The strategic goals of the government are revealed in the instructions distributed to the ministers of finance of the regional administrations at the end of October. According to this document, “in 2009 it is necessary to limit new expenditure commitments, as well as to limit any increase in present commitments, including the raising of the wage fund for workers in the budgetary sphere, for which there is no guaranteed financing.”
This cynical indifference to the fate of the people and purely egoistic class policies in the interests of the “offshore aristocracy” and its corrupt partners in the government are delivering a blow to the carefully cultivated official ideology of the past 10 years, according to which the government, after the “wild 1990s,” made a turn towards ordinary individuals.
In reality, the development of the crisis demonstrates in the most graphic manner the role of the Kremlin authorities as instruments of the ruling elite—the oligarchy, the bureaucracy and the Siloviki (security apparatus)—whose interests directly conflict with the interests of the working class and society as a whole.
This reality will cut a path to the consciousness of wide layers of the Russian working class. Already, they are beginning to react differently to the economic problems of the new Russian capitalism. According to a survey carried out by the sociological center VTsIOM, around 79 percent of those surveyed think that government regulation of prices would help. Fifty-eight percent support the nationalisation of large enterprises. Half of the respondents think that the nationalisation of the banks would be positive.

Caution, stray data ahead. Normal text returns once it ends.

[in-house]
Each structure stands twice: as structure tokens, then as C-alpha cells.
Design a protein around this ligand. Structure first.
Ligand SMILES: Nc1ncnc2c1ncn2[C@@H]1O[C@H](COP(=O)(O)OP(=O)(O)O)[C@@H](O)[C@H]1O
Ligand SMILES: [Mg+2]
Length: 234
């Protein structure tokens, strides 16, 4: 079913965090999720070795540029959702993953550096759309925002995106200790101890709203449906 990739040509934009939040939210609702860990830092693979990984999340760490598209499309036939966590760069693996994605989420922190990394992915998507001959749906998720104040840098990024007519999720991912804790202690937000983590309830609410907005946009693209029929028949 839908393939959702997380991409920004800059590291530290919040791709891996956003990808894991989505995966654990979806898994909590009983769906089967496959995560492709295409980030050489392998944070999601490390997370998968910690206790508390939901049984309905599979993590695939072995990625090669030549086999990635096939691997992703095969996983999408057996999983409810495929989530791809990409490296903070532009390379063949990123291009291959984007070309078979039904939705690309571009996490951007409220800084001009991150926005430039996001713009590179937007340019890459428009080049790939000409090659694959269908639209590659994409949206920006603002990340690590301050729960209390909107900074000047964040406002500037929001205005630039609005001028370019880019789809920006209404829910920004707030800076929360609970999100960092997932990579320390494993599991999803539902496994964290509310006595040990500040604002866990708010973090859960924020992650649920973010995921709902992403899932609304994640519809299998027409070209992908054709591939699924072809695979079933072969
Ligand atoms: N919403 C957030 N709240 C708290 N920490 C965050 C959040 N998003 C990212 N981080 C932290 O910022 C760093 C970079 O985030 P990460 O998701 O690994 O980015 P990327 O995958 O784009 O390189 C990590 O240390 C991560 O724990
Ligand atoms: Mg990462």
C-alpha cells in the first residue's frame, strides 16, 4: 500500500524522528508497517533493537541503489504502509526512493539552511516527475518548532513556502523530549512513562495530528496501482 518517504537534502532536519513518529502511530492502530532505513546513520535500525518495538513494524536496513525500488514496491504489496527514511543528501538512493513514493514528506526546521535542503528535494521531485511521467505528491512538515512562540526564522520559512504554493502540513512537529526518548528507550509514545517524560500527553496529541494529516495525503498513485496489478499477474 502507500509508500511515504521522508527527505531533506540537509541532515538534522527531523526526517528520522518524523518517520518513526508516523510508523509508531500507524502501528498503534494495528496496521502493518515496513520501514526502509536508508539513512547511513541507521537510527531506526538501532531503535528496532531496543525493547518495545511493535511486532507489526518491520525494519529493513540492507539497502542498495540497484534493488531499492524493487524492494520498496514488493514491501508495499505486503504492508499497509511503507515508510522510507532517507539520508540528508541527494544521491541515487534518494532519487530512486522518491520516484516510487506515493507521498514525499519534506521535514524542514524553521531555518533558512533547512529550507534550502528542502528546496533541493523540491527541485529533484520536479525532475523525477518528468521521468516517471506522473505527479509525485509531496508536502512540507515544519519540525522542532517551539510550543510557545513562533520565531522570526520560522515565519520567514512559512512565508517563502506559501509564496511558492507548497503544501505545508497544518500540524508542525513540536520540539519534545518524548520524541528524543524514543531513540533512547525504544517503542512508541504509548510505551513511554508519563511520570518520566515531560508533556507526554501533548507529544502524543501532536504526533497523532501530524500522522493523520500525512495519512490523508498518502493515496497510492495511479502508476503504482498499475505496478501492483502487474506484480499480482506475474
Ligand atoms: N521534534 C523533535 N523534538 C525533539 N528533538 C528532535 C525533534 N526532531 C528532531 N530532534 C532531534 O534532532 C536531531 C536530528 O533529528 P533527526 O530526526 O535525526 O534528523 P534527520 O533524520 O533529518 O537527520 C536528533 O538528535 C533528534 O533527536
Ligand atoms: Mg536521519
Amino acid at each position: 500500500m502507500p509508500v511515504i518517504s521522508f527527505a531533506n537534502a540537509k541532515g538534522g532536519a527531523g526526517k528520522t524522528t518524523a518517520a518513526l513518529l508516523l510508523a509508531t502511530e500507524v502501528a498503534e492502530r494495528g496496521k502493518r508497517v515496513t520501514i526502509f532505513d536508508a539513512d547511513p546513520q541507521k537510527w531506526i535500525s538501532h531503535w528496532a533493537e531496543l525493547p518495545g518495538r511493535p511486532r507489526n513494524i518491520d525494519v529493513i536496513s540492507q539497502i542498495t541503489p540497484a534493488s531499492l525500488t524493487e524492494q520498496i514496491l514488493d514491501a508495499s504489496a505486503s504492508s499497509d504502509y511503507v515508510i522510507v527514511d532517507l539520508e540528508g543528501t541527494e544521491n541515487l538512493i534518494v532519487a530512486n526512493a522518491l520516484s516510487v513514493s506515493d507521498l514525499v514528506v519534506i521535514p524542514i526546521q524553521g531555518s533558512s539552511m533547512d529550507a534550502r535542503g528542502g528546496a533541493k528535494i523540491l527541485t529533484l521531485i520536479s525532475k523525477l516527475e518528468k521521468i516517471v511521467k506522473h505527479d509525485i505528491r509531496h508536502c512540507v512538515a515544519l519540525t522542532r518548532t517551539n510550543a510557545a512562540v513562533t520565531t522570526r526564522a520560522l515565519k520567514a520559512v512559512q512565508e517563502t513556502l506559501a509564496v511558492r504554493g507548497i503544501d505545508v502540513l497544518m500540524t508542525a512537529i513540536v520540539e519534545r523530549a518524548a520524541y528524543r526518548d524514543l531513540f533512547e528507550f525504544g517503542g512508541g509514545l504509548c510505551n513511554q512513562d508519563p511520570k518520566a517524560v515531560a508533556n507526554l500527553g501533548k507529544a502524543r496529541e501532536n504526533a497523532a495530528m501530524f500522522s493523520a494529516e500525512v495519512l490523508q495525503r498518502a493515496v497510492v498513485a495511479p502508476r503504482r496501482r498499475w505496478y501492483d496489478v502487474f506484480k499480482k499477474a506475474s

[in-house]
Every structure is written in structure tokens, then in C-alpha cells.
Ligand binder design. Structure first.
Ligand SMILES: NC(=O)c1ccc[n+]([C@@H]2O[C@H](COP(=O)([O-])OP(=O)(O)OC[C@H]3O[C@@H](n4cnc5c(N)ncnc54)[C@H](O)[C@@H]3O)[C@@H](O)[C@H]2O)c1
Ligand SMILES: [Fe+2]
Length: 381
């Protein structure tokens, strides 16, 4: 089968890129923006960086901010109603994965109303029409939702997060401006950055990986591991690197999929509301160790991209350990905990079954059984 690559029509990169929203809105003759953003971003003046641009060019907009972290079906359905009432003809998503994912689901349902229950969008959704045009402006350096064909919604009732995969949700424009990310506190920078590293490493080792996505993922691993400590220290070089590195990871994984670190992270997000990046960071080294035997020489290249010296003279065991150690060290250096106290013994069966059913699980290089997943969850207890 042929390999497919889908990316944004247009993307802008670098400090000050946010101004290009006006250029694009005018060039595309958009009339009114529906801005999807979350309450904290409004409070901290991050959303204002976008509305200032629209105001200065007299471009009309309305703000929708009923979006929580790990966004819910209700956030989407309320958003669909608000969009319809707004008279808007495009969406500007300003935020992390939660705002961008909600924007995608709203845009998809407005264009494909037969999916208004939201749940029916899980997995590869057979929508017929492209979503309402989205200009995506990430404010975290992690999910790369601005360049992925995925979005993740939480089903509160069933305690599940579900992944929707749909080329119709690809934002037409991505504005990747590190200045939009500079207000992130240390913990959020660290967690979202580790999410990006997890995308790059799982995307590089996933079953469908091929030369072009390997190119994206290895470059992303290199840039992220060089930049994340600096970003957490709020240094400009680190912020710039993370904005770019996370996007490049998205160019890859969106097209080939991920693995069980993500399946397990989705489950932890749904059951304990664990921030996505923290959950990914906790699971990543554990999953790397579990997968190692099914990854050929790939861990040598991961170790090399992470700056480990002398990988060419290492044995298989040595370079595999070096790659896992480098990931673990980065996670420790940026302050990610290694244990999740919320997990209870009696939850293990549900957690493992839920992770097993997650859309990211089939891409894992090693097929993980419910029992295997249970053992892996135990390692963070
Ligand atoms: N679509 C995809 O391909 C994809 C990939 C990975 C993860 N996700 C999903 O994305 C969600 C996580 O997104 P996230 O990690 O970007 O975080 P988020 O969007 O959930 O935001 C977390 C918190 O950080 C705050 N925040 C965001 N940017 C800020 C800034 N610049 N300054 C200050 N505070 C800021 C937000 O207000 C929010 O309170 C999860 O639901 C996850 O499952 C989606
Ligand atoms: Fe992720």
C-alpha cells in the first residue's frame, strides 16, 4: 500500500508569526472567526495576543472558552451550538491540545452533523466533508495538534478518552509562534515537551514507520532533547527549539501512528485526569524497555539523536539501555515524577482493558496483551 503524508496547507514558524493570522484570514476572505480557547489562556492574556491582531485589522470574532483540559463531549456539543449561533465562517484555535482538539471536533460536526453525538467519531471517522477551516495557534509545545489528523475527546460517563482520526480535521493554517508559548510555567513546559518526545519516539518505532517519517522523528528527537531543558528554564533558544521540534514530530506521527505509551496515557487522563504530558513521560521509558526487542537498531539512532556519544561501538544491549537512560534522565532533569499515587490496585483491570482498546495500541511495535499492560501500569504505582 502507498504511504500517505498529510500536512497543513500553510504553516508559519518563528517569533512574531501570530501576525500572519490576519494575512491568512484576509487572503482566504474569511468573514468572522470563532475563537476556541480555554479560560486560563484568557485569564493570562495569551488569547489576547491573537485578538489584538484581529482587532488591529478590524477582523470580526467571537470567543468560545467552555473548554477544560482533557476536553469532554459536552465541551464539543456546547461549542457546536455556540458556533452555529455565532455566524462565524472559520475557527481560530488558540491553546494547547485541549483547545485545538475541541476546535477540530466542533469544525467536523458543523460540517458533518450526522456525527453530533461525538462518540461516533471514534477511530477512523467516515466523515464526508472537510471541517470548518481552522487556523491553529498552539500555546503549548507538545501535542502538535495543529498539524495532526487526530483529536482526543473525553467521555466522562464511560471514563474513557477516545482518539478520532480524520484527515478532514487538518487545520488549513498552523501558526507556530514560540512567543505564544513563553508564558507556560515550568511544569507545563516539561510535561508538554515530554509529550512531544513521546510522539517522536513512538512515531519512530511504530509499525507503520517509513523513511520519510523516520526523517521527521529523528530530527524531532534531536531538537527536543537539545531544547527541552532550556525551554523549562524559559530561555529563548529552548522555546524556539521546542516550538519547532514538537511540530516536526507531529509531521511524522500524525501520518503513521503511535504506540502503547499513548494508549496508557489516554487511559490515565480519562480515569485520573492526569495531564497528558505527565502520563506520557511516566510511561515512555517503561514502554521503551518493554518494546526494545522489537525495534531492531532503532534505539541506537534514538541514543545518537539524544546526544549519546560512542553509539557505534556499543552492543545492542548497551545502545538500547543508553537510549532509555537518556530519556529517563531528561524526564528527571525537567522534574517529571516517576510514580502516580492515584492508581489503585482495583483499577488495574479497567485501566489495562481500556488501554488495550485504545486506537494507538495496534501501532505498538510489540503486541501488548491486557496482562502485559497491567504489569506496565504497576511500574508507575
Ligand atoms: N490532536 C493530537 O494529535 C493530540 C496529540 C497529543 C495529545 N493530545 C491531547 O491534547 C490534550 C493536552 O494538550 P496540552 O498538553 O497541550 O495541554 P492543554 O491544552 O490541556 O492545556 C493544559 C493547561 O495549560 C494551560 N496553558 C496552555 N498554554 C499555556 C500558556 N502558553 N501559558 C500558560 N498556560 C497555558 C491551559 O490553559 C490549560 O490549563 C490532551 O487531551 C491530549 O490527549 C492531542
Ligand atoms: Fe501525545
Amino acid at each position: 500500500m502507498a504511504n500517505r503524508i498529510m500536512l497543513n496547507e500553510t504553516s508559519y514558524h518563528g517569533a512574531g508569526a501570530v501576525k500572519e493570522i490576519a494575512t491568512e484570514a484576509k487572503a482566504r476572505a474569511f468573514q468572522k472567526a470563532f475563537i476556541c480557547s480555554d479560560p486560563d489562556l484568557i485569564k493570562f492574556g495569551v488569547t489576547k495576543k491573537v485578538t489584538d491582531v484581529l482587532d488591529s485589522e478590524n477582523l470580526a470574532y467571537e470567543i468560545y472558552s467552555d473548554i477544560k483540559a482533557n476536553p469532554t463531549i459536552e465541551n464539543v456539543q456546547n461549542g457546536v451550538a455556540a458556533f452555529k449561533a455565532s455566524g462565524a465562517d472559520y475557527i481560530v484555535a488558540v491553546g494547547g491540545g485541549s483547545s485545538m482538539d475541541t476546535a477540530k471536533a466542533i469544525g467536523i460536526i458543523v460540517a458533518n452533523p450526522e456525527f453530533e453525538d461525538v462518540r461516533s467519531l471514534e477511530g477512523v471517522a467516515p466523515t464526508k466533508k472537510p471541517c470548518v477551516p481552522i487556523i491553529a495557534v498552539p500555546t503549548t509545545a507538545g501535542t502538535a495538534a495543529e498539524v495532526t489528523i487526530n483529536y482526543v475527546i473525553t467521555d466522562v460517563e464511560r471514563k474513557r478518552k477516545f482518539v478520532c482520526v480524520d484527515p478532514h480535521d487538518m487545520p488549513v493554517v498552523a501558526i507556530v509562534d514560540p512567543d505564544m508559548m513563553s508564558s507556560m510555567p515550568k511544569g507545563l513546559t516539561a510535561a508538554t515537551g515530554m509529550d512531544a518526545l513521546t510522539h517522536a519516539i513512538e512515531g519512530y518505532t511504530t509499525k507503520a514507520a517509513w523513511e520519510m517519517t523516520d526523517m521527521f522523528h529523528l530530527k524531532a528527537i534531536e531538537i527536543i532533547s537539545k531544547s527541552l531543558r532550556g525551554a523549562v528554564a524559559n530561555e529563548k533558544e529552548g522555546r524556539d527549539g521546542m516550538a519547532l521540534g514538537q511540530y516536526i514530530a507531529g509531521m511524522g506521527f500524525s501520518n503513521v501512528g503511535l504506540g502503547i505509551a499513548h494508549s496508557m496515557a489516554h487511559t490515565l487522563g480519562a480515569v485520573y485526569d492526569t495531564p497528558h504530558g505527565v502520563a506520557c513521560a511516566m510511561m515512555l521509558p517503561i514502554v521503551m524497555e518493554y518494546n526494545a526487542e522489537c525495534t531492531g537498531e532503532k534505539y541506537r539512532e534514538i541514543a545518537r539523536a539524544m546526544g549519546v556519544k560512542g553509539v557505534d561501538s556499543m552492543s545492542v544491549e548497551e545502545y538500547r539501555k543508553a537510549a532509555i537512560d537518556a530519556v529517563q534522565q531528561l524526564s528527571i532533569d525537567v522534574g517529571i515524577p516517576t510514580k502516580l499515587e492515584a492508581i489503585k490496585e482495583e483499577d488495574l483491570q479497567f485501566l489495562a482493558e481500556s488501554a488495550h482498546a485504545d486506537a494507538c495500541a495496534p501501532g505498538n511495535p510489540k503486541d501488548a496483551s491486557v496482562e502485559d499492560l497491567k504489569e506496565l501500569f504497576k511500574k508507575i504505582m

According to VTsIOM, just 5 years ago there were notably fewer proponents of nationalisation and a reexamination of the results of privatisation. In 2003, less than half of those surveyed (48 percent) responded positively to a question about the public benefit of a reexamination of privatisation.
Almost 20 years have passed since the fall of the Soviet Union. Post-Soviet capitalism has proven unable to create a foundation for a development of the country in the interests of the broad mass of the population, and not simply a narrow group of semi-criminal businessmen. After the period of “fertile years,” the Putin era of Russian capitalism has entered a crisis to which it will respond with ruthless attacks on the living standards and rights of the workers. Its parasitism is laying the basis for the reemergence in Russia of open class conflict.